Queens of the Stone Age – Era Vulgaris

Over a span of ten years and five albums, Queens of the Stone Age have had more line-up changes than the Richmond Footy Club has sacked coaches. Yet unlike the lamentable Tigers, who only plummet further into the mire of mediocrity with each sacking, the fluid nature of QOTSA only serves to propel the band to greater heights. It’s almost as if every member knows that each record could be their last and they’re determined to create the very best sound possible. Naturally, Josh Homme is excepted since he’s the supreme overlord of all things QOTSA. The band’s latest album, Era Vulgaris, sees Julian Casablancas of the Strokes drop in to play keyboard guitar, while Nine Inch Nails leading man, Trent Reznor, appears on the title track which was originally taken off the album, then put back on again at the last second as a bonus track. Occasional QOTSA member Mark Lanegan also makes a cameo as a backing vocalist on “River in the Road.”

Era Vulgaris begins pleasantly enough with the opening track, Turnin’ on the Screw. Within moments its slow, heavy drum and funky guitar will have you tapping your foot and nodding your head with your eyes closed as you drift away with the music, when suddenly you’re smacked in the face by the sludgy and explosive metal guitar of “Sick, Sick, Sick.” After the testosterone fuelled“Sick, Sick, Sick” and the cheeky “I’m Designer,” the album changes gears with the melancholy, yet strangely captivating “Into the Hollow.” But before the listener can become too downbeat, future stoner classics “Misfit Love” and “Battery Acid” put the foot firmly back on the accelerator.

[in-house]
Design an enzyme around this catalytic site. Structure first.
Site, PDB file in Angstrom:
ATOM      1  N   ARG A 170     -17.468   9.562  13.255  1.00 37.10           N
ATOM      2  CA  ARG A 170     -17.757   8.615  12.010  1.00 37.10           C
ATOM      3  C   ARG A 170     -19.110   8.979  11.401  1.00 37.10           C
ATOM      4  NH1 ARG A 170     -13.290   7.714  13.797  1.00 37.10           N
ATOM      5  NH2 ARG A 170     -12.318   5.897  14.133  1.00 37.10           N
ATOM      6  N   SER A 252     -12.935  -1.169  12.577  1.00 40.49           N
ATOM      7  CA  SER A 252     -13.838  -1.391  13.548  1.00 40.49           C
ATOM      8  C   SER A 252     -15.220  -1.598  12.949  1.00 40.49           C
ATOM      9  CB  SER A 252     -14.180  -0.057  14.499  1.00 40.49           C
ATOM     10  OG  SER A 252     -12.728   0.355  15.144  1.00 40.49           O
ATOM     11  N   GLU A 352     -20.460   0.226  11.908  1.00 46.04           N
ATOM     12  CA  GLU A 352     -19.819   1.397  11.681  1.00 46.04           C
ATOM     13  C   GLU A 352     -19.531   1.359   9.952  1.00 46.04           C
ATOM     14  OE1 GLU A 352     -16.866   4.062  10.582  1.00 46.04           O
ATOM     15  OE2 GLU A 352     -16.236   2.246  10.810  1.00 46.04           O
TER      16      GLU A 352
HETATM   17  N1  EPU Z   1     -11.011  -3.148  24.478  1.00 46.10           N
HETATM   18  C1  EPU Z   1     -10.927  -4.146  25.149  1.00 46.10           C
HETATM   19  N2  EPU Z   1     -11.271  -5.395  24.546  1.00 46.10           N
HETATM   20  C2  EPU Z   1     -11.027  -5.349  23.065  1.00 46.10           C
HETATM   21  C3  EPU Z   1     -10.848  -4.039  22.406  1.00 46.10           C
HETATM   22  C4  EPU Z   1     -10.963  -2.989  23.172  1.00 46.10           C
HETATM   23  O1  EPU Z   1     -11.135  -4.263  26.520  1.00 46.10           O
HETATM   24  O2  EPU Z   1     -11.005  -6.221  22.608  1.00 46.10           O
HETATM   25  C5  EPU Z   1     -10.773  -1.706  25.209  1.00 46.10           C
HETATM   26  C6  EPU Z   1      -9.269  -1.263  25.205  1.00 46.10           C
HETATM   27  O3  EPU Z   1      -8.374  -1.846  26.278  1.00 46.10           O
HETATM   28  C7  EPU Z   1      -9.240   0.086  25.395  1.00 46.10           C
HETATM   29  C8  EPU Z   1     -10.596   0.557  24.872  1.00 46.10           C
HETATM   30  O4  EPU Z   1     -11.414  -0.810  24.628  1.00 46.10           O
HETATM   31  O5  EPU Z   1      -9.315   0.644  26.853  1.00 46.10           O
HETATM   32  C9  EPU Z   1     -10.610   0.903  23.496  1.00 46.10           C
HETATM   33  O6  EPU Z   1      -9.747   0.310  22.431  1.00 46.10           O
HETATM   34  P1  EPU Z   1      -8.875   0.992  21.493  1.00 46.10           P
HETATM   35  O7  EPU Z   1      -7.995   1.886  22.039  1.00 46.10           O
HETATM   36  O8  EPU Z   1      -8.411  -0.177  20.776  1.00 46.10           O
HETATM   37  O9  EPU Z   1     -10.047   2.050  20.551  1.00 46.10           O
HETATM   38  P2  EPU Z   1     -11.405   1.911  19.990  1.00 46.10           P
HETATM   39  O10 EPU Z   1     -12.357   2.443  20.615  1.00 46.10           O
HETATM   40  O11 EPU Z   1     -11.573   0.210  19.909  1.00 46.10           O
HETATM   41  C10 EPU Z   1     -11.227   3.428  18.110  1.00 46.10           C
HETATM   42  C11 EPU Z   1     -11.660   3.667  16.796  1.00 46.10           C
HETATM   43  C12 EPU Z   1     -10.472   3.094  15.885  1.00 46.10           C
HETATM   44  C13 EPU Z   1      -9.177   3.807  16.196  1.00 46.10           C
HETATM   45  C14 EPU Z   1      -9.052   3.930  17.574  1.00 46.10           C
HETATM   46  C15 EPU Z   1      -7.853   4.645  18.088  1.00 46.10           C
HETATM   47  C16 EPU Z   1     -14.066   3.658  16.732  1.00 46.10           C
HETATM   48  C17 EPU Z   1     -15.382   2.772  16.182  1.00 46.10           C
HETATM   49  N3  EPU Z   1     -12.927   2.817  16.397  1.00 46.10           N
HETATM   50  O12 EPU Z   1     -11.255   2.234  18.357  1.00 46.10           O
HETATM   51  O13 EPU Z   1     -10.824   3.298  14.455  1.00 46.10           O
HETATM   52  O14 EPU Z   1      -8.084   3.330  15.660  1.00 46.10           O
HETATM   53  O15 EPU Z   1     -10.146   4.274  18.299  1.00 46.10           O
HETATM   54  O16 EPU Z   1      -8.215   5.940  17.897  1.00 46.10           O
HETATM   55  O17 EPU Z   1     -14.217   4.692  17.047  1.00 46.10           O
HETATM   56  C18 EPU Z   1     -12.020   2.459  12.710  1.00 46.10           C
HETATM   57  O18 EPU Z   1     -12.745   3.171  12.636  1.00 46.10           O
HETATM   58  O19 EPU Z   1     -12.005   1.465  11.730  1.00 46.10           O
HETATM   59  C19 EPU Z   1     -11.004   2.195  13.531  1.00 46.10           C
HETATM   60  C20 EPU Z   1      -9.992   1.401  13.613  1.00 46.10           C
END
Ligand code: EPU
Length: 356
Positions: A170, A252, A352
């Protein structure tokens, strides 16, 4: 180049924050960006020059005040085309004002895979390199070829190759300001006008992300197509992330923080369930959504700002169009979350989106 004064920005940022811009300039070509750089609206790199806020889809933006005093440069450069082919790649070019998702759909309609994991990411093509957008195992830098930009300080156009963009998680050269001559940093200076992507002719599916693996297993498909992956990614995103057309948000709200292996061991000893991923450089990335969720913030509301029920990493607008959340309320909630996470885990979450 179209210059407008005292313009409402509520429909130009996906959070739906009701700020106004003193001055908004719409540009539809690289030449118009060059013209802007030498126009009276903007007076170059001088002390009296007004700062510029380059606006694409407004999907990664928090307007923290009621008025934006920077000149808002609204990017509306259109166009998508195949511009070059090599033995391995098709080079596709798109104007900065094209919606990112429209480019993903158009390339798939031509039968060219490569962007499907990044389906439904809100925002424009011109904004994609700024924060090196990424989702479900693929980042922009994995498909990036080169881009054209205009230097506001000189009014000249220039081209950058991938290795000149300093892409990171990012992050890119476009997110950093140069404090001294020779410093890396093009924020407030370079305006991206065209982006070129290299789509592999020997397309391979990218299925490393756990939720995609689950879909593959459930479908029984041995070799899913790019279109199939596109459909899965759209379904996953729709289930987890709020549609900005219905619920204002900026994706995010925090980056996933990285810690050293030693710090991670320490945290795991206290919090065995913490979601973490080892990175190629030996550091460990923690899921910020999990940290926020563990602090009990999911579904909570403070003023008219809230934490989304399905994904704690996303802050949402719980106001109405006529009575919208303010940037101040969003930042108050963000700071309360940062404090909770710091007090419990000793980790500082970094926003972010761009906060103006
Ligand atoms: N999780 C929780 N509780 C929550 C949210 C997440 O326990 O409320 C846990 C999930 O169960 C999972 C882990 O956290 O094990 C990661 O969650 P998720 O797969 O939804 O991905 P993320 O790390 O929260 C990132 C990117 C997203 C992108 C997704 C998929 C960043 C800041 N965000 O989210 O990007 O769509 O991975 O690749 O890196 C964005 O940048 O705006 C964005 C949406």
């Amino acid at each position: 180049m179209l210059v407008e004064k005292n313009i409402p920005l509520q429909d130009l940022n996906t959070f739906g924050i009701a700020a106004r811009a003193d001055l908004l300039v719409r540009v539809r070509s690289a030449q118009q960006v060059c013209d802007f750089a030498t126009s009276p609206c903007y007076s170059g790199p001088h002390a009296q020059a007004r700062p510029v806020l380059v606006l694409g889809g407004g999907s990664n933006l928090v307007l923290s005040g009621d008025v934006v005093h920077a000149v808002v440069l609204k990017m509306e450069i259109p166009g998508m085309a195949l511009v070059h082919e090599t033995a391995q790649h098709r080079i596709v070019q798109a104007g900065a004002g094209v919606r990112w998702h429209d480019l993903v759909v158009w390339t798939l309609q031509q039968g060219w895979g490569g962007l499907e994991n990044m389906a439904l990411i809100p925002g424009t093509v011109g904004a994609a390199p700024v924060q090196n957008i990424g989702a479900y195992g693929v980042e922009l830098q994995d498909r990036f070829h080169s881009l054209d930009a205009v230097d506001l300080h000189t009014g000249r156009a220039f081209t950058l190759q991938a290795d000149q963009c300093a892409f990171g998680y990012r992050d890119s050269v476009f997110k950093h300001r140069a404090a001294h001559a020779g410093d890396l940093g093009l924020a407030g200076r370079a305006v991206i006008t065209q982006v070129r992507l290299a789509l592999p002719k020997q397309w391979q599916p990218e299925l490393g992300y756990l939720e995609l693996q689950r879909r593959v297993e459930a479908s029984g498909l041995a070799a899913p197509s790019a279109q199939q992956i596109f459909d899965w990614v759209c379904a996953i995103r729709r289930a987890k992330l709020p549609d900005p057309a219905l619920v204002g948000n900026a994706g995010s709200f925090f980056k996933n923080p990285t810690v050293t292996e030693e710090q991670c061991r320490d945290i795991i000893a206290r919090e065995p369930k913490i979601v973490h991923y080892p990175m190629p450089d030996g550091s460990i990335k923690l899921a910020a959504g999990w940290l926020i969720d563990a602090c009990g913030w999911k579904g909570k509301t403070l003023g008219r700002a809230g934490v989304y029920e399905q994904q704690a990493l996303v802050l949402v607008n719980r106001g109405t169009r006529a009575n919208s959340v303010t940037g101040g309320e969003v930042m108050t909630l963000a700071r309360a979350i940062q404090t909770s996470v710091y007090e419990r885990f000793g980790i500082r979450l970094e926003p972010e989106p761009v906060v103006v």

The entire album follows the same pattern- bursts of vibrant and infectious rock, surrounded by somber and atmospheric psychedelia; if Queens of the Stone Age was a living, breathing person than it would be diagnosed with bi-polar disorder. Lesser bands would struggle with the constant shift in focus, but for QOTSA it’s a strength that is immensely helped by the brilliant melodies that support every song. Albums like Era Vulgaris prove that iPods, though stylish, aren’t the best way to listen to music. Call me a dinosaur, but hitting random play might be great for vanilla tracks with little substance, but to fully appreciate more dense and layered offerings, you really have to listen to the album in its entirety. With Era Vulgaris each song seems to bleed into the next to tell one, complete narrative where the protagonist is adrift in a world that has been corrupted by its own vices.

It’s been ten years since Queens of the Stone Age first emerged from Palm Desert, and this, their fifth album, can sit proudly among their much loved, earlier recordings. Era Vulgaris is a triumphant success from a band that refuses to grow stale and constantly seeks to push the envelope. Easily one of the best albums of 2007.

(Interscope Records)